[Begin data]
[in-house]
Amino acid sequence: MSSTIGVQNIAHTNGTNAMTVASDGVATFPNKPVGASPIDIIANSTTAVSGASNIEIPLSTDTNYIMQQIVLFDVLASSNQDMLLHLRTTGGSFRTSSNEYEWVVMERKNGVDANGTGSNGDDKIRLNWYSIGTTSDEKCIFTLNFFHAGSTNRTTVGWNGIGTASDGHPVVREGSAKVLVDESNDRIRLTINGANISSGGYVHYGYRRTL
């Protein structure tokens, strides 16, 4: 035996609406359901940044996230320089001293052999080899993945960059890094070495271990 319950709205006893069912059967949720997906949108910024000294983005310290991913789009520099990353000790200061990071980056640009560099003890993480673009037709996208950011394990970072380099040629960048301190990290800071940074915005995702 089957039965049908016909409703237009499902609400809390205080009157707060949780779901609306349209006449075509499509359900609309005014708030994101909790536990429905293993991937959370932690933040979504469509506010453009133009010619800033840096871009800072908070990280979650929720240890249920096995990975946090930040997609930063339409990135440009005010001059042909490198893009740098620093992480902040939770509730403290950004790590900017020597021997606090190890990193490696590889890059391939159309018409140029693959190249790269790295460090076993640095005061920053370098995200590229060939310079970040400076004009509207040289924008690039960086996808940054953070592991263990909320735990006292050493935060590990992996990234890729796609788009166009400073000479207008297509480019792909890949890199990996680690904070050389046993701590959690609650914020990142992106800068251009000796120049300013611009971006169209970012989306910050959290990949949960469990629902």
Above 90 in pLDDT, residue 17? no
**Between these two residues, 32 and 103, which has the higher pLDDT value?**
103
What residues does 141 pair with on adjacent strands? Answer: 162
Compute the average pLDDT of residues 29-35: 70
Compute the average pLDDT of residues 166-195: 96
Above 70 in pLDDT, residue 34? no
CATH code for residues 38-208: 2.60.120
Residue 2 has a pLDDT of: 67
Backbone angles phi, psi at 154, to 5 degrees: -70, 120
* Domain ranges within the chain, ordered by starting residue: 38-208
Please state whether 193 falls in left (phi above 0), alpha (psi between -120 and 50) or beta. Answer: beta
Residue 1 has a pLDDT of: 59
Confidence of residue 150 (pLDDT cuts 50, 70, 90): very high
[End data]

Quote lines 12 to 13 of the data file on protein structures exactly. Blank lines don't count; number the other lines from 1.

Residue 2 has a pLDDT of: 67
Backbone angles phi, psi at 154, to 5 degrees: -70, 120